In 1998, Japanese horror burst into Hollywood with 'Ring', a film by acclaimed director Hideo Tanaka. The movie birthed a new genre, aptly named Japanese horror, which took the world by storm with classics such as 'Ju-On: The Grudge' and 'Audition'.

For those looking for new thrills, here are 5 lesser-known but still awesome Japanese horror films you may enjoy.

For My Daughter's 7th Birthday AKA Lullaby of Death (この子の七つのお祝いに), 1982

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Also known as 'Lullaby of Death', the story begins with Mayumi (Kyōko Kishida), a spurned mother leading a pauper's life with daughter Maya. Having been abandoned by her husband, Mayumi spends her days training Maya to hate her father, and on New Year's Day of Maya's 7th birthday, Mayumi kills herself.

Fast forward to 35 years later, when a woman named Yoshiko Ikehata is found brutally murdered in her own home. The police conclude that it was a grudge-related crime, but a freelance reporter (Jinpachi Nezu) doesn't agree, as he sets out on a journey to uncover the bloody truth...

While this film leans heavily into the mystery genre, it still delivers a solid 2 hours of drama for those who are tired of the usual paranormal-style horror films.

The Black House (黒い家), 1999

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Wakatsuki (Seiyo Uchino), a young insurance agent, receives a call one day at work, asking if his company pays out insurance for suicide cases. A while later, a client named Shigenori Koda (Masahiko Nishimura) calls on Wakatsuki to conduct a home visit. While at the Shigenori home, Wakatsuki makes a horrifying discovery of the family's son hanging from the rafters, apparently having committed suicide.

After learning that Shigenori has a history of orchestrating 'accidents' in order to claim insurance, Wakatsuki starts to suspect the man of murdering his son. But after Shigenori loses both his arms in a workplace accident, Wakatsuki starts to realize that things are not what they seem, especially when Shigenori's wife (Shinobu Ōtake) starts turning up on his doorstep...

Based on a popular novel by Yusuke Kishi, 'The Black House' earned its female lead Shinobu Otake a Japan Academy Award. It was also the original inspiration for the 2007 South Korean remake of the same name, directed by Shin Tae-ra.

Noroi: The Curse (ノロイ), 2005

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In 2004, the house of documentary maker Masafumi Kobayashi (Jin Muraki) burned to the ground in the middle of the night. His wife's corpse was discovered in the ruins, but Kobayashi himself was missing. Some tapes were also discovered in the burned house, containing footage of seemingly ordinary people who all met with mysterious, unfortunate ends.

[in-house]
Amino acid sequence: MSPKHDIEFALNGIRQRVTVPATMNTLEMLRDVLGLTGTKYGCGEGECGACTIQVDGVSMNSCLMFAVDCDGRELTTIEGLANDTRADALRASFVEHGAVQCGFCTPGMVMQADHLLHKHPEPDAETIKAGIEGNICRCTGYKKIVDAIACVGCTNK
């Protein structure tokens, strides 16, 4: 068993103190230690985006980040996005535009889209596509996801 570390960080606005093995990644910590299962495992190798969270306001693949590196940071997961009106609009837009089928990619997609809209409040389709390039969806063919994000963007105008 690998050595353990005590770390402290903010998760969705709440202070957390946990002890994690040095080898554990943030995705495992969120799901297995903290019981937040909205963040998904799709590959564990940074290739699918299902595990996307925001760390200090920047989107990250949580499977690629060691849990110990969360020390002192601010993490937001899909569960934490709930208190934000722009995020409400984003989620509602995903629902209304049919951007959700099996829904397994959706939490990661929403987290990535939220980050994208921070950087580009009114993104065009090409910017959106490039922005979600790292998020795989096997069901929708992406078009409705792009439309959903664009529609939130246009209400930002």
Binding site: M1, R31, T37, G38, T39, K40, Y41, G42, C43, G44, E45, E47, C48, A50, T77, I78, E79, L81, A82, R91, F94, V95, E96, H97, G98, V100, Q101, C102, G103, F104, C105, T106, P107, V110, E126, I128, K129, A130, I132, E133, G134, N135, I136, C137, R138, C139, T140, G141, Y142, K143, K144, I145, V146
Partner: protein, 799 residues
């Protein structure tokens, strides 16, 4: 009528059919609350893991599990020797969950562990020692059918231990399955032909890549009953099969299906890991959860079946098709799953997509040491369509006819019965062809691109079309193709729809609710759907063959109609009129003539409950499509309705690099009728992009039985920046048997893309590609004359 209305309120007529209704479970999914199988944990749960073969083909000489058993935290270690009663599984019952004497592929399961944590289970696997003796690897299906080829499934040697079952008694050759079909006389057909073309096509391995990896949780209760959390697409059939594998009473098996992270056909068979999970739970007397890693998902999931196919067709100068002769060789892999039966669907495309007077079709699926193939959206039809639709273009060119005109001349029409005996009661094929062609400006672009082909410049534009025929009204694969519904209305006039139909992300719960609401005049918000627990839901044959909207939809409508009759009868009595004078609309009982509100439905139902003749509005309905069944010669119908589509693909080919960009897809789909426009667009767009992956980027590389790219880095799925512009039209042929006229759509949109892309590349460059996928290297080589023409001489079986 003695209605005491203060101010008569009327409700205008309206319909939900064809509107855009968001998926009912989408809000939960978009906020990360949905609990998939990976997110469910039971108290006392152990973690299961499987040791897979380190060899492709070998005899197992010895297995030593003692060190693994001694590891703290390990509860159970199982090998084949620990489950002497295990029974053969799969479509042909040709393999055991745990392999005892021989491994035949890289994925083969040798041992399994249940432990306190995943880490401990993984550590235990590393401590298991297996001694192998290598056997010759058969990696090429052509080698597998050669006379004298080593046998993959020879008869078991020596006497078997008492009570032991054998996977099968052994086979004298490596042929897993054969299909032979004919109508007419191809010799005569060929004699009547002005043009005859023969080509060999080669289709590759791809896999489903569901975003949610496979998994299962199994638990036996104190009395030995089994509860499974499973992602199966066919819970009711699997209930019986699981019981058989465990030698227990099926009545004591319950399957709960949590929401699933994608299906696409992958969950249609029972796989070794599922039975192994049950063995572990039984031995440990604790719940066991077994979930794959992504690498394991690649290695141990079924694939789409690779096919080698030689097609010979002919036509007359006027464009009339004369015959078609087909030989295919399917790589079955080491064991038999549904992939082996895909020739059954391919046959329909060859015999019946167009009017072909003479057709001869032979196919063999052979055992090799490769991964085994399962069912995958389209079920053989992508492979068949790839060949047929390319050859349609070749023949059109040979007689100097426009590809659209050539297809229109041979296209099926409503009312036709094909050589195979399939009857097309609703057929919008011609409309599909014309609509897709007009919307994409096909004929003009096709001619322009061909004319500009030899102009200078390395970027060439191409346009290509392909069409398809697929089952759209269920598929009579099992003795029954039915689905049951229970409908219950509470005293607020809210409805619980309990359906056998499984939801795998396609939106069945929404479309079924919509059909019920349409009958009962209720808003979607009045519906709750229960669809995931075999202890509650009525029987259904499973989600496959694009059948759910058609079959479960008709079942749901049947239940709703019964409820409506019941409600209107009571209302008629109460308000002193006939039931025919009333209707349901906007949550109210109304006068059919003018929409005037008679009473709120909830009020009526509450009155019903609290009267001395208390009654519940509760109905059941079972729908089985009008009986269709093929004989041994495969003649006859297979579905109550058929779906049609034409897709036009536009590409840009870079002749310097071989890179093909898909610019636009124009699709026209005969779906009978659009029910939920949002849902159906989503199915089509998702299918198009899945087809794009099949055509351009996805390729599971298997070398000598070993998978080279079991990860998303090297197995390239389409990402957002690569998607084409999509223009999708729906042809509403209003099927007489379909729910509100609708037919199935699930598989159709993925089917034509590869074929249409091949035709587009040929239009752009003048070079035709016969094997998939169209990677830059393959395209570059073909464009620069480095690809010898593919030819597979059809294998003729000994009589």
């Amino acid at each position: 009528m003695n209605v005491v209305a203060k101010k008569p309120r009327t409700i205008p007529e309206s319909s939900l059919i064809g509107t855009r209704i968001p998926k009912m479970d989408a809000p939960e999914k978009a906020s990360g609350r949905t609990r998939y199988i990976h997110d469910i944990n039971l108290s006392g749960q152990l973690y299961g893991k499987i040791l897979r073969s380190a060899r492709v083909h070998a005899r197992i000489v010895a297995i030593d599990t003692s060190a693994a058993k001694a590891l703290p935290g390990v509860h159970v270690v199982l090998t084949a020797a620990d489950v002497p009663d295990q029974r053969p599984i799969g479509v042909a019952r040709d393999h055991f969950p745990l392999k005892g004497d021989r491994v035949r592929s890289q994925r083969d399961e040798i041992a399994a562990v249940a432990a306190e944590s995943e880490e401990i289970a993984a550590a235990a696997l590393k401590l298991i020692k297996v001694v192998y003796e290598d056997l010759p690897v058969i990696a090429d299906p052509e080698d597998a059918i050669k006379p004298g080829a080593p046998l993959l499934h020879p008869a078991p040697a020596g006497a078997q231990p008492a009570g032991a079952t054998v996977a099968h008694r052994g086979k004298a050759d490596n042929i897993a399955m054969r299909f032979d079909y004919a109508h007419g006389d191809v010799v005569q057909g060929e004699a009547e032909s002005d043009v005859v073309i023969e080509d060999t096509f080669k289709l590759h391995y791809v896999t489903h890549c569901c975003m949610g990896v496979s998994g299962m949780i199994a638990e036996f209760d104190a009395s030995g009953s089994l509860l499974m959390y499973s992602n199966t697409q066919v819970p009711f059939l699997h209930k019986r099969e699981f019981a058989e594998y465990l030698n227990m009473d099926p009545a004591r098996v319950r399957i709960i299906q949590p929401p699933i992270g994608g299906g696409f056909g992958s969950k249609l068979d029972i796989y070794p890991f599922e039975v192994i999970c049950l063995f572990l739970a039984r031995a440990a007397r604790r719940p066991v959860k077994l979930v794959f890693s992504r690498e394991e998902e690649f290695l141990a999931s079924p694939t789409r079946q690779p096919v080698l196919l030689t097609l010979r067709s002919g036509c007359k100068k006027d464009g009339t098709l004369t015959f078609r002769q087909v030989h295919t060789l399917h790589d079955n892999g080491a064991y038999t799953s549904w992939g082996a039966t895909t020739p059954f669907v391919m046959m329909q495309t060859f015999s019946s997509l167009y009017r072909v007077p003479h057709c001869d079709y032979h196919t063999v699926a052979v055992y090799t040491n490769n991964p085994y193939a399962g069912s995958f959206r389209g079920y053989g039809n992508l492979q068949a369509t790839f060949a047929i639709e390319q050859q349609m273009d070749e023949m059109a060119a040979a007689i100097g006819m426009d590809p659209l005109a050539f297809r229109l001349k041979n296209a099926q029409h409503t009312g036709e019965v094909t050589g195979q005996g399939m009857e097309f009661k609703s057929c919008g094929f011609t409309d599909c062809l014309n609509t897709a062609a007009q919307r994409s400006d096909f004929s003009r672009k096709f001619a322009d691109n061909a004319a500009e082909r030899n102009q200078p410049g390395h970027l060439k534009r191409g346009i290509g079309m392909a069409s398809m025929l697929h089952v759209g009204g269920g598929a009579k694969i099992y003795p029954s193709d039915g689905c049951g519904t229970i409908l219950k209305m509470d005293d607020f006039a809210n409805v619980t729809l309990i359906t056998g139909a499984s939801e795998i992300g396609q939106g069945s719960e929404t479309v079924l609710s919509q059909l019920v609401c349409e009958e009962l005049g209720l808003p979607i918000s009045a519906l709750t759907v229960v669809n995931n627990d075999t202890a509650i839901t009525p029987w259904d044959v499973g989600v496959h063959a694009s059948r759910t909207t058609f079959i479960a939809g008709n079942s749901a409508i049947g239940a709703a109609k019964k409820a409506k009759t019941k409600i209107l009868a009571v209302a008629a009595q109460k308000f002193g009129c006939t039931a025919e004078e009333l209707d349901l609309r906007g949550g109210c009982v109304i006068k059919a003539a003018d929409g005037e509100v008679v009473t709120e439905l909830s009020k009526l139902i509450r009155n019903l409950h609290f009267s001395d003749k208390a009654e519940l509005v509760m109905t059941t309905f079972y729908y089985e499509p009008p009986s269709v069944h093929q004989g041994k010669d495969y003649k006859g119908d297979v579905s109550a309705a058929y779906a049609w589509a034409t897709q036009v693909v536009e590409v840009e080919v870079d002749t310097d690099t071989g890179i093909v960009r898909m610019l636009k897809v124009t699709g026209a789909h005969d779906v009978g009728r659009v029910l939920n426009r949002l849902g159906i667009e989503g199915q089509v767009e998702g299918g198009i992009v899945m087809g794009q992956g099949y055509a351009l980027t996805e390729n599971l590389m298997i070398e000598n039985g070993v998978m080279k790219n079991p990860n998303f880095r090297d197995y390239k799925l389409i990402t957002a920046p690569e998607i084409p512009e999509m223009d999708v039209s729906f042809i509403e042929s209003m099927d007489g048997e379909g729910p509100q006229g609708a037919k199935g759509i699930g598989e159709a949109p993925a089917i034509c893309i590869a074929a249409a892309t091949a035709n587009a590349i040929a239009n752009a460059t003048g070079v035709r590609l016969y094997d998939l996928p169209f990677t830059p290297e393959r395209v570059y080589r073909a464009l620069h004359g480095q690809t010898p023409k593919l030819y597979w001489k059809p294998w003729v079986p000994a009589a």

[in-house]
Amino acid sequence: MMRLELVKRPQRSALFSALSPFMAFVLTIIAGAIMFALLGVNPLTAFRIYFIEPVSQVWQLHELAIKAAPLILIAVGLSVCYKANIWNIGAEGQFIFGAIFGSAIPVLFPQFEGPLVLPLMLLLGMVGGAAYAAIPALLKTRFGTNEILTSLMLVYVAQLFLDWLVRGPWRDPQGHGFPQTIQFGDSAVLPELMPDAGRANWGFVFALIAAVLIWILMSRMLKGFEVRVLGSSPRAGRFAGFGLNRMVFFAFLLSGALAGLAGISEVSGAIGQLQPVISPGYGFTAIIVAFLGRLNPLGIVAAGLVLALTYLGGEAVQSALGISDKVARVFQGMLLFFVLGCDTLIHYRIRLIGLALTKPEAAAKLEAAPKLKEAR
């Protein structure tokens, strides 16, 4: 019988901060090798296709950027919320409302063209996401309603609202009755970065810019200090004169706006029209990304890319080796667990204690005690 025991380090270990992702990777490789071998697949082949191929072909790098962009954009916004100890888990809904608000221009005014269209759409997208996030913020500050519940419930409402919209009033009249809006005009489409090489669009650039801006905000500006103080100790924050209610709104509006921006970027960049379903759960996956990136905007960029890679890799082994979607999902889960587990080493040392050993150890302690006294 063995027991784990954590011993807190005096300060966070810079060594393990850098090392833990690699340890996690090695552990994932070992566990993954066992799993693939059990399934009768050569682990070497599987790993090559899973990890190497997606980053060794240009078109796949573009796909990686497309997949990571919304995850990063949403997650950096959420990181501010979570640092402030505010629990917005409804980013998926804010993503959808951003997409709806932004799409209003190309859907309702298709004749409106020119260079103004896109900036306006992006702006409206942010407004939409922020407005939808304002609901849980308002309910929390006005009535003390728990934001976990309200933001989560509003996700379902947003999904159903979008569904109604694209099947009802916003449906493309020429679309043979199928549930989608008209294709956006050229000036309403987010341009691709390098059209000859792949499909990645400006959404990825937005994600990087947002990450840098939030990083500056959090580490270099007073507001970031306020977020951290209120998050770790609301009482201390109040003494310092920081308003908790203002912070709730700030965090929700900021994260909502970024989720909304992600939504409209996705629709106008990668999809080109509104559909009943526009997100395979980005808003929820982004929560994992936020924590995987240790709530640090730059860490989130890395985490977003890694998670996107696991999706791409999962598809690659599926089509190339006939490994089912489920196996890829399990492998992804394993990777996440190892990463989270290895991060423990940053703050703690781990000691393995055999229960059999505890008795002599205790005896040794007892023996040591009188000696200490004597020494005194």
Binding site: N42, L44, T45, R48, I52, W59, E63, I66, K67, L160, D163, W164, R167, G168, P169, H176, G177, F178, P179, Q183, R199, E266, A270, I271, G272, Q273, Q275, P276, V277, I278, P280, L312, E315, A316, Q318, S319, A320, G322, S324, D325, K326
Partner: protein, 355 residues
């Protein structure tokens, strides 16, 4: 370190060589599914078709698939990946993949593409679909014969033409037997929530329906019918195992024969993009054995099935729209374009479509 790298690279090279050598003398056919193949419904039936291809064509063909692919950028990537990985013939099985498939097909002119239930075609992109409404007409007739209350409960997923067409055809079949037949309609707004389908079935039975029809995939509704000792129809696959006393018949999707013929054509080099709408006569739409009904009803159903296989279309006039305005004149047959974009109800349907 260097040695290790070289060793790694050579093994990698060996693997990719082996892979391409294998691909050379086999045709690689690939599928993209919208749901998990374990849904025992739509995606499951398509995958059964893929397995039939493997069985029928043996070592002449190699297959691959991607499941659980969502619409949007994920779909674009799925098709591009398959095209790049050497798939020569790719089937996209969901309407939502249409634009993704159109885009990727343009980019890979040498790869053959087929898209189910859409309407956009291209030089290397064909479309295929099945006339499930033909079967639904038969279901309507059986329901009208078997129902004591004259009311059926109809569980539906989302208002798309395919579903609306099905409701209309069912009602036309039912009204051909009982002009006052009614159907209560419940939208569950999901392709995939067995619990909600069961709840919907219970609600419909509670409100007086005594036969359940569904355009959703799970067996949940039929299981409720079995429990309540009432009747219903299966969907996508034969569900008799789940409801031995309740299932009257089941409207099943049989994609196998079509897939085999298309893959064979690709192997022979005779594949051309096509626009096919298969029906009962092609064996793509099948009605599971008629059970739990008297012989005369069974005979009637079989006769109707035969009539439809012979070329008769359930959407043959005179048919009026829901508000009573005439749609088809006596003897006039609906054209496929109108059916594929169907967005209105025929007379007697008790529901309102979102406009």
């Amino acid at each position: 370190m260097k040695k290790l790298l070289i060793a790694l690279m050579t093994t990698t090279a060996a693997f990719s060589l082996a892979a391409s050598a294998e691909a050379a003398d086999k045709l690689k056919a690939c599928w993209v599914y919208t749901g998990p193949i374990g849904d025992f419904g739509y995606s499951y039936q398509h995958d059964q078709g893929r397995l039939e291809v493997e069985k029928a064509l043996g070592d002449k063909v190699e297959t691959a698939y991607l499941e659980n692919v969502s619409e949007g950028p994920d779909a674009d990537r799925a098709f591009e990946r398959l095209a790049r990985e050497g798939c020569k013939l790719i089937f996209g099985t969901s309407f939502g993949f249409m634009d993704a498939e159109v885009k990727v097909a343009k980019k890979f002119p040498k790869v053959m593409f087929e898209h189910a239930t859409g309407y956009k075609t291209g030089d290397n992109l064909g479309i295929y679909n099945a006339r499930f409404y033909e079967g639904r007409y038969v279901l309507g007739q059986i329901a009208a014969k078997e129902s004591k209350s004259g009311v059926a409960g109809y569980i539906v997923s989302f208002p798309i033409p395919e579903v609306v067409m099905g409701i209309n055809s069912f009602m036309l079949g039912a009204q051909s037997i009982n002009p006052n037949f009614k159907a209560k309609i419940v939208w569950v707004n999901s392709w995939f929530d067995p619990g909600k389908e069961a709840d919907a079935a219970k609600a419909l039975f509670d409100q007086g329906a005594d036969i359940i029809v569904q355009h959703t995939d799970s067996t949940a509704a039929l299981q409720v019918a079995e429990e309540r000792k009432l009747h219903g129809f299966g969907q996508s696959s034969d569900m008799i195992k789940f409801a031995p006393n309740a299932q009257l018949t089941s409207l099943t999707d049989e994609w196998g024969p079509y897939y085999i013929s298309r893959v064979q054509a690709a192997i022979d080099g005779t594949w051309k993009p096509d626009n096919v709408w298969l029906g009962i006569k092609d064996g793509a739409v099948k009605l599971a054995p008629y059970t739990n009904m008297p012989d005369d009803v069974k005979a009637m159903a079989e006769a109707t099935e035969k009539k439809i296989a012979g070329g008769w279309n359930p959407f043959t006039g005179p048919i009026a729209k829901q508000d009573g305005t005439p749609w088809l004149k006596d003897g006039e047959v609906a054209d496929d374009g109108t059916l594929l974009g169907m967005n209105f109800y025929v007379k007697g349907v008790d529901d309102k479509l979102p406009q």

A short film at only 65 minutes long, 'Noroi: The Curse' belongs to the found footage genre of movies made famous by Western horror films such as The Blair Witch Project. Though it received limited distribution outside of Japan, it is praised by many movie critics for its screenplay and excellent production.

One Missed Call (着信アリ), 2004

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Strange incidents are happening around university student Yumi Nakamura (Kou Shibasaki), whose friends are getting mysterious voice messages from their future selves, with details of their own violent deaths.

After the deaths of several of those friends in the exact way detailed by the voice messages, Yumi decides to team up with detective Hiroshi Yamashita (Shinichi Tsutsumi), who also lost his sister in the same manner, in order to find the truth. However, Yumi soon gets a voice message of her own...

A cult favorite, 'One Missed Call' is cited by many to be one of the scariest and most memorable films in Japanese horror film history, spawning two sequels as well as an American remake. Production-wise, it is a classic movie which shows how the mechanisms behind Japanese horror has evolved and been refined since the release of 'Ring'.

Dark Water (仄暗い水の底から), 2002

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Yoshimi Matsubara (Hitomi Kuroki), a woman caught up in divorce mediations with her husband over custody of their daughter Ikuko (Rio Kanno), rents an apartment in a rundown complex with a leaking roof that gets progressively worse. Soon, strange incidents start to happen, and Yoshimi begins to see a strange girl around the complex.

One day, Yoshimi finds a flyer for a missing girl who lived in the apartment above hers, and recognizes the child in the picture as the strange little girl. After some investigation, Yoshimi comes to a horrifying conclusion, but would she be in time to save her daughter and herself?

Sharing the same writer and director as 'Ring', 'Dark Water' is part of the J-horror boom of the '90s and early '00s. The film precedes a 2005 Western remake with the same name starring Jennifer Connelly and Tim Roth.

Are there other Japanese horror films that you enjoy? Tell us about them in the comments!